Which Cask is Right for you?

How do you decide which cask beer is right for you? By tasting it, of course.

By Juliette Wills

selecting a cask beer

There are over 10,000 cask fresh beers currently being served in the UK. That’s a lot of good beer, but not everyone knows what constitutes cask fresh beer, or why they should be drinking it. Cask beers come in a multitude of styles from strong, purposeful stouts to refreshing citrus blends. Cask is a living thing; it deserves all the love and respect you can throw at it and if you’re lucky enough to have a decent local that serves it, yet you’ve never tried it, now’s the time to get stuck in. If you’re used to bottled lager it’s really worth experimenting before you say, ‘pint, please.’

The first thing to consider is the glass, because the glass really can make the beer. In Belgium they’re nuts about serving different beers in different glasses. It’s a serious business, and if you get it wrong, you might get thrown out of the bar (we’re saying that from experience). In the UK we’re far more relaxed about how we drink, and it’s only in recent years that different shaped glasses rather than your standard chunky pint glass have popped up. The thing is, those Belgians aren’t crazy: just as wine, champagne and cocktails are best drunk from glasses of different shapes, so is cask beer. Any publican worth their salt will pour your lovely, fresh cask into the best glass for the job. If you’re new to cask – congratulations, by the way – then you may be wondering how best to taste it to figure out which one you fancy spending the evening with. Blonde, auburn or brunette? We’re talking about the beer, of course.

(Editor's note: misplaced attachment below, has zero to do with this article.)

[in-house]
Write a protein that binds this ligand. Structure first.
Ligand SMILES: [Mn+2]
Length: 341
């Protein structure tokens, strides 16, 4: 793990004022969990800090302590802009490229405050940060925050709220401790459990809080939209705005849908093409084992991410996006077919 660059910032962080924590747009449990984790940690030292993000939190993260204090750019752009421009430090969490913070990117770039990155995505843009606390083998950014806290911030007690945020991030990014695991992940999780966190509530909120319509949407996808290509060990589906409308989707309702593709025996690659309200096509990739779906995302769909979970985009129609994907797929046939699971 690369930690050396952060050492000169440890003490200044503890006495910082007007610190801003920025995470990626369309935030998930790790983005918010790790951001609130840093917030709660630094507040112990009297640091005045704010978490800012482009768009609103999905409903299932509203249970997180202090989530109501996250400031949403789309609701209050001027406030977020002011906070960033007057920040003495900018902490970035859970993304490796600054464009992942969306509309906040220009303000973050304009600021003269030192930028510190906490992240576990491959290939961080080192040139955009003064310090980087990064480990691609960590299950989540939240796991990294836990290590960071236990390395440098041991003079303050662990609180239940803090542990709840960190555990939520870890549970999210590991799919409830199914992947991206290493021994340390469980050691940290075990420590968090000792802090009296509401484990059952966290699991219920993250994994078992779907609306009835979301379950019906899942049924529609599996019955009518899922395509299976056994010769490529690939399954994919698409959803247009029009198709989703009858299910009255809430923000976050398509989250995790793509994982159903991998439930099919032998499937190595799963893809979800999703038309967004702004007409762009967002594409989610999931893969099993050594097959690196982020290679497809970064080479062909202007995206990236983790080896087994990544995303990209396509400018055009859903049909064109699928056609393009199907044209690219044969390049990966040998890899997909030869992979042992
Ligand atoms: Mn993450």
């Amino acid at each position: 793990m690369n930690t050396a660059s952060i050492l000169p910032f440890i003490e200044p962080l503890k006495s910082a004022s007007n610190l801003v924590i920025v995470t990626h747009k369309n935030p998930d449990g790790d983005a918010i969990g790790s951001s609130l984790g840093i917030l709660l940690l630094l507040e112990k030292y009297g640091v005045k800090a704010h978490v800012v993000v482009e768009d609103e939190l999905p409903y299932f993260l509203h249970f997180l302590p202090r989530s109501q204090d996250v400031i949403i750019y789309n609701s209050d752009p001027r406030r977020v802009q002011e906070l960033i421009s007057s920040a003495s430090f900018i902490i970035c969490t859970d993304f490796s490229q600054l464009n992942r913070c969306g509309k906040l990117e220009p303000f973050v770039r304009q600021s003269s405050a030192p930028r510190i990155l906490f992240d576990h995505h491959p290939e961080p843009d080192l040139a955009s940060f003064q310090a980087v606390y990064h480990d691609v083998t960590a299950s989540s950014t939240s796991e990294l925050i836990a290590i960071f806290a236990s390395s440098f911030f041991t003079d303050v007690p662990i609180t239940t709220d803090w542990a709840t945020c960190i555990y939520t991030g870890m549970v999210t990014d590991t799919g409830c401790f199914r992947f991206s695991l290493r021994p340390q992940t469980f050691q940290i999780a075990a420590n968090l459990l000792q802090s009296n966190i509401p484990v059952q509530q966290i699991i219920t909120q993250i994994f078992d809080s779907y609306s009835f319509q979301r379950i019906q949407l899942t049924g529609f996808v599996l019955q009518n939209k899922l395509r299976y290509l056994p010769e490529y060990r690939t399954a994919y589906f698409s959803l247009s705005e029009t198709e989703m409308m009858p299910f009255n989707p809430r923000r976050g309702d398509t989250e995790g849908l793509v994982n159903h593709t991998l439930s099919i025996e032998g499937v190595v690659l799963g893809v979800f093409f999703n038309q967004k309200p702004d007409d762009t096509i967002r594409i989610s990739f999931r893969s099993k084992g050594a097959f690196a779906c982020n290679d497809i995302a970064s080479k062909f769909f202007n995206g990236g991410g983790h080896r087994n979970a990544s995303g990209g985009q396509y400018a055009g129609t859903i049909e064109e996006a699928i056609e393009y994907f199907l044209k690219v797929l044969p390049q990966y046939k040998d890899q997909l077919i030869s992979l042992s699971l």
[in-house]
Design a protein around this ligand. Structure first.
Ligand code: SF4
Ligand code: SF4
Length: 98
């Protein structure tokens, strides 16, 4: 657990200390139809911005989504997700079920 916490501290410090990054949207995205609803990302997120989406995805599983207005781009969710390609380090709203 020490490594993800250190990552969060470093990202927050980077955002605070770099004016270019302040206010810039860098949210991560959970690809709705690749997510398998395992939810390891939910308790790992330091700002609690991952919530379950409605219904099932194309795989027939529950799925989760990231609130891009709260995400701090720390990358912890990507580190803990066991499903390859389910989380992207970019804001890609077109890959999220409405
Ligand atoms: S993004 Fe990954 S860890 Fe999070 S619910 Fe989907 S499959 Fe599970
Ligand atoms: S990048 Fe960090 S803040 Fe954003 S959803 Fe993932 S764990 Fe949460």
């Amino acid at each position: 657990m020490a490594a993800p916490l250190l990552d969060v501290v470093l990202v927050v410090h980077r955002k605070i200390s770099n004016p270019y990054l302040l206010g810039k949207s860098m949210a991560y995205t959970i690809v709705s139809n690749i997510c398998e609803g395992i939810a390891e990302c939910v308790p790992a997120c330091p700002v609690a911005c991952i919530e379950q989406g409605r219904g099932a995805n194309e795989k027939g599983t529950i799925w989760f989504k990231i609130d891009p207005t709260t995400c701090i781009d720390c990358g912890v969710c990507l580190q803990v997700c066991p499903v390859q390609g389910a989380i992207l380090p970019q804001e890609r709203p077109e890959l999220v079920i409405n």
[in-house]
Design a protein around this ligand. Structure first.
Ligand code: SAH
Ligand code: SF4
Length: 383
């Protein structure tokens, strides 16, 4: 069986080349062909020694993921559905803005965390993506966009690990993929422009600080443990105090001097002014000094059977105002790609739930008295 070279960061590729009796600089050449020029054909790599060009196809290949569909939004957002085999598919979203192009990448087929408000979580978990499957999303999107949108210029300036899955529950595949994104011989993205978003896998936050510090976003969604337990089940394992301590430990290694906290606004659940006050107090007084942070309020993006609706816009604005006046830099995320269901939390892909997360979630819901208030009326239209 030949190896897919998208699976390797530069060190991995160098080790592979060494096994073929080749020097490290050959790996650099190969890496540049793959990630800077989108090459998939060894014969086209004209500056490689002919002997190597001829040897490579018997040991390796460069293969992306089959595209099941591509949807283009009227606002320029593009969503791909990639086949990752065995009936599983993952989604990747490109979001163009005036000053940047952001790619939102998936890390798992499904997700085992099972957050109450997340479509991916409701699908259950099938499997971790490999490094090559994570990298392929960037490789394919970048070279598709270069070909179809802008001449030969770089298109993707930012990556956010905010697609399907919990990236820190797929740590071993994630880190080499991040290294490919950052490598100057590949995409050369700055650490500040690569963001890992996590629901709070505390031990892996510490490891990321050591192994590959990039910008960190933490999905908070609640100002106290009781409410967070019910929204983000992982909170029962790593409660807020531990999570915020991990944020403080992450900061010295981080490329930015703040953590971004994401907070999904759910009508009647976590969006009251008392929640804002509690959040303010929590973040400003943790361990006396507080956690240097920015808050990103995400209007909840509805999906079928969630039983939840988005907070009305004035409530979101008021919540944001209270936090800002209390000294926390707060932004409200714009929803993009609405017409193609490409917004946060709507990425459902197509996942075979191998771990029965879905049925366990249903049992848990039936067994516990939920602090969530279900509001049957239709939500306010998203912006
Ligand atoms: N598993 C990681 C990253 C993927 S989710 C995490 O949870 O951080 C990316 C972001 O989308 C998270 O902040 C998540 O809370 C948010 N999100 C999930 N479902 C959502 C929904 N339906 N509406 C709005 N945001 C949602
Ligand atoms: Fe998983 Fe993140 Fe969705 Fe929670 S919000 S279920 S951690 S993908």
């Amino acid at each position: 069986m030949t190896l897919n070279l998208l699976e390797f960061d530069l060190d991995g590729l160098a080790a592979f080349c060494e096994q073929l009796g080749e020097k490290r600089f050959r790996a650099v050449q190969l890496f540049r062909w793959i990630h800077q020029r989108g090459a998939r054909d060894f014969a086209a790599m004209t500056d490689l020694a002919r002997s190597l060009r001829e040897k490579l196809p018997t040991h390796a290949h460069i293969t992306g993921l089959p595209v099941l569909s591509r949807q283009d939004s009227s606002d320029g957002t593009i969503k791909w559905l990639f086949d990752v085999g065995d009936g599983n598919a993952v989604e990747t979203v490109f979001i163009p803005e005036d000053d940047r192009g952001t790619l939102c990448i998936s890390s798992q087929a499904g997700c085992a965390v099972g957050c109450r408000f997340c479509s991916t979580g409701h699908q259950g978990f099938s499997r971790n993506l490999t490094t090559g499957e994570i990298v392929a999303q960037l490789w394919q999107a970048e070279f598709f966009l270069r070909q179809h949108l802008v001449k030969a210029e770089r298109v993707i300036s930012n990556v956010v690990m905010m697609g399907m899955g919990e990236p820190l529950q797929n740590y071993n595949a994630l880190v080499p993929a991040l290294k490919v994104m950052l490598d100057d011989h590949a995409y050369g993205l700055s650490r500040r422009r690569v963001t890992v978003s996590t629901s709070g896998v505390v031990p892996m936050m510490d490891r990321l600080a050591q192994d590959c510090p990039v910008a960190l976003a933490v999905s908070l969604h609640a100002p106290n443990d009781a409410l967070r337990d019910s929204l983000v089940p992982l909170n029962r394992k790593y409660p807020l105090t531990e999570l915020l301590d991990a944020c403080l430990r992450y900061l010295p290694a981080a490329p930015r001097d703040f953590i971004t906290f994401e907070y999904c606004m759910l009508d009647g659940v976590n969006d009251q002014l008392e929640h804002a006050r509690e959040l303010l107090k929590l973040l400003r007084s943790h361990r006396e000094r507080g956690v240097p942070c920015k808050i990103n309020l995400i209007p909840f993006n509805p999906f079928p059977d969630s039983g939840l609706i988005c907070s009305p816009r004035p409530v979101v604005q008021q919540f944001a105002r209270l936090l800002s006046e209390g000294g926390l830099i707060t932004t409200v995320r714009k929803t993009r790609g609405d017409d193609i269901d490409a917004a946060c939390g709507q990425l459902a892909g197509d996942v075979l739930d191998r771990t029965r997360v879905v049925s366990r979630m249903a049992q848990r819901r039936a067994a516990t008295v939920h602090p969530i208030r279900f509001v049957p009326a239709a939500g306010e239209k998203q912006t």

You can spot a decent cask like you can a healthy salmon on the fish counter. Put simply, it should be bright and clear. That’s where the similarity ends; if your pint smells like salmon, hand it back. Ditto if it gives off a vinegar tang. The exception to the bright and clear rule are born-to-be cloudy casks. Essentially, if it smells OK and tastes good, you’re onto a winner.

And so, to the glass. It should be fatter at the bottom than at the top. Your cask should be served cool, but not cold. You know how Americans think we drink warm beer? We don’t. Unless you’re in a sauna, room temperature means cool. The glass should be filled a third of the way up, then tilted at a 45-degree angle. Give it a swirl (you need to be able to swirl your beer without spilling it, so for this reason it is wise to do this when sober). Stick your nose in the glass and take three short sniffs, much like a dog would sniff the air when he smells a squirrel in the park. This is called The Bloodhound Technique. Enjoy that bit, then take a sip – enough to coat your tongue, but not enough to qualify as a mouthful. Savour the taste, swallow it, then take a decent gulp. A big ‘aaah’ and wiping your mouth with your sleeve isn’t obligatory but feel free to add that at the end. Welcome to cask fresh beer – your adventure starts here!


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